Pregnancy is an exciting and sometimes stressful experience. Being pregnant during a disease outbreak may add extra anxiety and concern for you and those you care about who are pregnant.
According to the CDC, pregnant people do not appear to be at greater risk of getting COVID-19 but may get sicker when infected with COVID-19. Due to changes that occur during pregnancy, pregnant people may be more susceptible to viral respiratory infections.
If you are pregnant, you were pregnant in the last 42 days (recently pregnant) or you are breastfeeding, you’re probably concerned about the impact of COVID-19 on you and your baby. You might also have questions about the safety of the COVID-19 vaccines. Here’s what you need to know.
Risks during pregnancy
The overall risk of COVID-19 to pregnant women is low. However, women who are pregnant or were recently pregnant are at increased risk of severe illness with COVID-19. Severe illness means that you might need to be hospitalized, have intensive care or be placed on a ventilator to help with breathing. Pregnant women with COVID-19 are also more likely to deliver a baby before the start of the 37th week of pregnancy (premature birth). Pregnant women with COVID-19 might also be at increased risk of problems such as stillbirth and pregnancy loss.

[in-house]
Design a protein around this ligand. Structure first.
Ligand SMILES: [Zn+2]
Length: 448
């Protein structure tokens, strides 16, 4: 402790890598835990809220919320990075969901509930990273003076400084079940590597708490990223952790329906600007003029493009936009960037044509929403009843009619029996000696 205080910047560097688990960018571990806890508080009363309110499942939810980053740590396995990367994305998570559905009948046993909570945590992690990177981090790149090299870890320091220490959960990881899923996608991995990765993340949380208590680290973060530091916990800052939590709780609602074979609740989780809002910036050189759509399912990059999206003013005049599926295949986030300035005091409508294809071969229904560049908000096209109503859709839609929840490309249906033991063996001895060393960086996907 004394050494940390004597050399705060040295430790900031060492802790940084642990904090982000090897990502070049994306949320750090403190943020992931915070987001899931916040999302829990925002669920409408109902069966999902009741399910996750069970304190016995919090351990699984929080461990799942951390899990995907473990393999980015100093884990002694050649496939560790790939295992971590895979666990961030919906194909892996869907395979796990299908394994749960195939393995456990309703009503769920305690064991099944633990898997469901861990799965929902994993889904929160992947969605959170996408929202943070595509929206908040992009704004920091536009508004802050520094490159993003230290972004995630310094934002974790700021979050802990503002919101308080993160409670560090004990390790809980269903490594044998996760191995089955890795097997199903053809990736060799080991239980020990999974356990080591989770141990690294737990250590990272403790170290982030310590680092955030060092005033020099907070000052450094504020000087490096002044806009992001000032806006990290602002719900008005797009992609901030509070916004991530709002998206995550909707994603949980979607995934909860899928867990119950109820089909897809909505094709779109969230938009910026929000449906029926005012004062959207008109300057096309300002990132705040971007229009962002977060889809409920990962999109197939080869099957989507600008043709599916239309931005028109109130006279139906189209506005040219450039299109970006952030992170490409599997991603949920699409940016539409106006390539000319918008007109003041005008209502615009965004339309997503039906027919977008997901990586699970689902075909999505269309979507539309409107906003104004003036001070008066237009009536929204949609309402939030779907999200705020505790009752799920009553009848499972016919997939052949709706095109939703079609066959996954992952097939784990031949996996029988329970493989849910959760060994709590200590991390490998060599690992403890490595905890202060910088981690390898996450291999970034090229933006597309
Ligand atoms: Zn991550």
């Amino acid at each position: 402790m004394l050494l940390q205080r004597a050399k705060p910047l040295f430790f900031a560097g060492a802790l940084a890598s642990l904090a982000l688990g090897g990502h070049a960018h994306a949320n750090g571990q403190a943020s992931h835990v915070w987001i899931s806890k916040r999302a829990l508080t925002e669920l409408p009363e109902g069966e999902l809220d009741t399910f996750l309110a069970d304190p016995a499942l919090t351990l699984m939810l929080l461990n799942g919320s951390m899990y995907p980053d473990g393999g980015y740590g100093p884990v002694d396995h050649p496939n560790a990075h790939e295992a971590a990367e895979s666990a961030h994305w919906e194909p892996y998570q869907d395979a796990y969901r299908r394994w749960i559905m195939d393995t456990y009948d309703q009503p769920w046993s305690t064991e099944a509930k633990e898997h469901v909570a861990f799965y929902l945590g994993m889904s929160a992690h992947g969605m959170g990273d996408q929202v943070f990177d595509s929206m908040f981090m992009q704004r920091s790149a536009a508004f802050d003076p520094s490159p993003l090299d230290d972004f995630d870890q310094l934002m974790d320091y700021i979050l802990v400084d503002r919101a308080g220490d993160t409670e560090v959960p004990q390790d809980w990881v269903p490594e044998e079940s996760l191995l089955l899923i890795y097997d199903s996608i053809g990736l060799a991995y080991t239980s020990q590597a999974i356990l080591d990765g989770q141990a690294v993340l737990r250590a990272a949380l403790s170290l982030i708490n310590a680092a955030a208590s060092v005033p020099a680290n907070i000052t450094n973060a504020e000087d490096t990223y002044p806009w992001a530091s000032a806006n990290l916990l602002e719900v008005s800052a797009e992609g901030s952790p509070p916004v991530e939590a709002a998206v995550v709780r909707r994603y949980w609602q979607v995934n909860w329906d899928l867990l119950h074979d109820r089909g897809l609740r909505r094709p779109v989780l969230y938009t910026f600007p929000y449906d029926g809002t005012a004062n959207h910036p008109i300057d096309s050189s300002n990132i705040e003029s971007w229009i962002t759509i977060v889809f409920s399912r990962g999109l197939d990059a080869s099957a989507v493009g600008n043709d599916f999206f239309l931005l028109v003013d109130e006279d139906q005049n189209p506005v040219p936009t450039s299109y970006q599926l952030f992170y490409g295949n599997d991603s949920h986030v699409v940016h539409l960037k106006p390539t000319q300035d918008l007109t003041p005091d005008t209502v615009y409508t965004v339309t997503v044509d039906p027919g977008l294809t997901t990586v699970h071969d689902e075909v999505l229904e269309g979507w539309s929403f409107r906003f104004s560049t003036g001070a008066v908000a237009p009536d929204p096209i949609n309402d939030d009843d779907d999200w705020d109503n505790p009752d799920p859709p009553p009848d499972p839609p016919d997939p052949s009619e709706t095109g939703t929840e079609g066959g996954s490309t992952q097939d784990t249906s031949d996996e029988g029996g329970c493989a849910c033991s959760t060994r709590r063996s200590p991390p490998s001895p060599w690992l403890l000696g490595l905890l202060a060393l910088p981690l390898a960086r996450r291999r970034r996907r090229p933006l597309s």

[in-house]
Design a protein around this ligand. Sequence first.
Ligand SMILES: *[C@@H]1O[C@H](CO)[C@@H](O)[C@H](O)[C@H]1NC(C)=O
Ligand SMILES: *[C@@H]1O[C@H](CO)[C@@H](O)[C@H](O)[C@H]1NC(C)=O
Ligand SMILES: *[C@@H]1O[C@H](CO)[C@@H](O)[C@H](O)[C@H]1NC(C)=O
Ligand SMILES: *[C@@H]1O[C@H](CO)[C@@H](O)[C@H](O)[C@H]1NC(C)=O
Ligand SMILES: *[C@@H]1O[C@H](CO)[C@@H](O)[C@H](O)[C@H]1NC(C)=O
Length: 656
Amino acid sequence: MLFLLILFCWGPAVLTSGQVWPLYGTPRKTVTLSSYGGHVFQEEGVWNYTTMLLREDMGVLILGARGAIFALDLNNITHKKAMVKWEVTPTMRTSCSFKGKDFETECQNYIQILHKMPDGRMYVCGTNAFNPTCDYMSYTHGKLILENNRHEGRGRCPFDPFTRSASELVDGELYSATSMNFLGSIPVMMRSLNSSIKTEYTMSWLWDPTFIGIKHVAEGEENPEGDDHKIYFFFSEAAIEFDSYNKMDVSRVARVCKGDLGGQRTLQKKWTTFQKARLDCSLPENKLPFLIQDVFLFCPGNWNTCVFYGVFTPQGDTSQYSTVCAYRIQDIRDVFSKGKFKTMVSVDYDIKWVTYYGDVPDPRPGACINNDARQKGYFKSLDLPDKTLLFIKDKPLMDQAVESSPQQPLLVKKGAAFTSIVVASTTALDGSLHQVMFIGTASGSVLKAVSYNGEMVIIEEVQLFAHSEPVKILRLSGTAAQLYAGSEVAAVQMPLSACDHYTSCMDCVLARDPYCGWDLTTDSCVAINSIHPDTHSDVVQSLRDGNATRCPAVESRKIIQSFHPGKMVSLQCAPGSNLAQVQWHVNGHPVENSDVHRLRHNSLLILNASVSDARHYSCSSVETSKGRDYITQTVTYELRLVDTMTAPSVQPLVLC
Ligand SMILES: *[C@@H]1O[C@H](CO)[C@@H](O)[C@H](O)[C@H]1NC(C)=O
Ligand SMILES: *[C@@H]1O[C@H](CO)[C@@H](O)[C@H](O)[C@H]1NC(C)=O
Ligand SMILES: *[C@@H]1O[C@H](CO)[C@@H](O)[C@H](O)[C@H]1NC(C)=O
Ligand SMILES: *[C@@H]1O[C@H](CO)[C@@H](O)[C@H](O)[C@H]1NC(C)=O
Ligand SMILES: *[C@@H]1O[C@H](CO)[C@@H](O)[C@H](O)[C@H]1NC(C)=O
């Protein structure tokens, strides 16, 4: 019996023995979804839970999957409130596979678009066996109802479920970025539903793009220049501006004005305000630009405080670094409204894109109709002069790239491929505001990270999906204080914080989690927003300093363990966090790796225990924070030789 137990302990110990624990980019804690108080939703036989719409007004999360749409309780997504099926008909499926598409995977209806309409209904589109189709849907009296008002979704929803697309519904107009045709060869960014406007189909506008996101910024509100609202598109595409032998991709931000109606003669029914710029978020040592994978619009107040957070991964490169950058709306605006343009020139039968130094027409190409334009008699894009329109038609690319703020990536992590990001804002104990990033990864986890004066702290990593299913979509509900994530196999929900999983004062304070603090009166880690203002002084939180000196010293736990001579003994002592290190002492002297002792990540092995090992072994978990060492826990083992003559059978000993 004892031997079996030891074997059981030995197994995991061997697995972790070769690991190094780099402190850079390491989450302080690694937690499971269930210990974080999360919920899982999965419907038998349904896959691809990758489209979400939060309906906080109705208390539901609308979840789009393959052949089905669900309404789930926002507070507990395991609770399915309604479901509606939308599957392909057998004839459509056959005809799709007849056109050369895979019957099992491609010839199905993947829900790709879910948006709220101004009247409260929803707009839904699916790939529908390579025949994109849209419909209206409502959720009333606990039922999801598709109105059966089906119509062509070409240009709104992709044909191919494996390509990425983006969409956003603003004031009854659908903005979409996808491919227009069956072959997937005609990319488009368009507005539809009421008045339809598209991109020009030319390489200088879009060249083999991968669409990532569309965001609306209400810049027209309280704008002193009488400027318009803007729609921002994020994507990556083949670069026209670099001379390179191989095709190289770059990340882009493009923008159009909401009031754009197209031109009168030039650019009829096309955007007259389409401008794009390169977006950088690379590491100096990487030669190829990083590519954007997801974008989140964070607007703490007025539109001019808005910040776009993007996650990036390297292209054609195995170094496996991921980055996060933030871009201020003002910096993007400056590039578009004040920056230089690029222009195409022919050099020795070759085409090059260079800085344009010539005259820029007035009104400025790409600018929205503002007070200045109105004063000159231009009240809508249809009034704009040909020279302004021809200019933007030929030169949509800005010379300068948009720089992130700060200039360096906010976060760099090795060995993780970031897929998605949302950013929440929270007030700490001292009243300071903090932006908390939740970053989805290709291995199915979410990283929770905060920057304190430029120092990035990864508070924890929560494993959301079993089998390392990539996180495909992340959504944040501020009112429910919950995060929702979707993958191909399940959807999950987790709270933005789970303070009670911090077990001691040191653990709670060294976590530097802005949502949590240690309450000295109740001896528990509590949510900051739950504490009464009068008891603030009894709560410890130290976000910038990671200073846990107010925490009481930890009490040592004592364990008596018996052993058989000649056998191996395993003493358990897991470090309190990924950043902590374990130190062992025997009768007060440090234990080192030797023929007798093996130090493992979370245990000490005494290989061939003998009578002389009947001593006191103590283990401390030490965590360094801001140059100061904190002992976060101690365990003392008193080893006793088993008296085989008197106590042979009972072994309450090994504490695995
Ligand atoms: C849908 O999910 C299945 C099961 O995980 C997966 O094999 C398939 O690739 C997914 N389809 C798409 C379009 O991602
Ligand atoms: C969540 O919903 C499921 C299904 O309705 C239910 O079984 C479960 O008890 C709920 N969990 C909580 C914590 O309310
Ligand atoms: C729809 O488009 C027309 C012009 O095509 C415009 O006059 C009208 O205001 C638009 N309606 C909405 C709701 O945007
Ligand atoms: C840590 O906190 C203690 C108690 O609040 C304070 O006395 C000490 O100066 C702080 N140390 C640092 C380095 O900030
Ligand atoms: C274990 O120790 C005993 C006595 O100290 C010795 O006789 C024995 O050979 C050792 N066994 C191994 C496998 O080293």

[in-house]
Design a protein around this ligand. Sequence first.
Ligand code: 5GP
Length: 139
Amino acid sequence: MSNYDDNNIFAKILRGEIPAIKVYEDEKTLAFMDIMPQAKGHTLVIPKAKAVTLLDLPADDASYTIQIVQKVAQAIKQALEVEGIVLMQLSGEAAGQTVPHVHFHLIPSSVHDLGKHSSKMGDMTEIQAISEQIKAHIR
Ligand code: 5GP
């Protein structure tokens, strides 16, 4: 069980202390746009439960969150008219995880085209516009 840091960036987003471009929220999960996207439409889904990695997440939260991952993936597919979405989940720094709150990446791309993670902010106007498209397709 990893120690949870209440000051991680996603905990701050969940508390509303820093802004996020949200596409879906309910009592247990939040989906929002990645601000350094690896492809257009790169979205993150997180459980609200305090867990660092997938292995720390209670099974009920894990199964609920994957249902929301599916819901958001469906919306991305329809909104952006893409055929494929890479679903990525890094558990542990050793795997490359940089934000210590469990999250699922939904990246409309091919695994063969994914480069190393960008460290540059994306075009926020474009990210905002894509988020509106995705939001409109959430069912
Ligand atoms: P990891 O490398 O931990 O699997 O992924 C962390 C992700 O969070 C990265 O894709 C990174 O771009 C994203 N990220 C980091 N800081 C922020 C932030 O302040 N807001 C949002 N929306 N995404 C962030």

Pregnant women who are Black or Hispanic are more likely to be affected by infection with the COVID-19 virus. Pregnant women who have other medical conditions, such as diabetes, also might be at even higher risk of severe illness due to COVID-19.
Contact your health care provider right away if you have COVID-19 symptoms or if you’ve been exposed to someone with COVID-19. It’s recommended that you get tested for the COVID-19 virus. Before going to your appointment, call ahead of time to tell your health care provider about your symptoms and possible exposure.
If you have COVID-19 and are pregnant, your health care provider might recommend treatment with a monoclonal antibody medication. Treatment with a monoclonal antibody medication involves a single infusion given by needle in the arm (intravenously) in an outpatient setting. Monoclonal antibody medications are most effective when given soon after COVID-19 symptoms start.
Your treatment may also include getting plenty of fluids and rest. You may also take medication to reduce fever, relieve pain or lessen coughing. If you’re very ill, you may need to be treated in the hospital.
For more information and resources, visit NYC DOHMH website by clicking on this link https://www1.nyc.gov/site/doh/covid/covid-19-pregnancy.page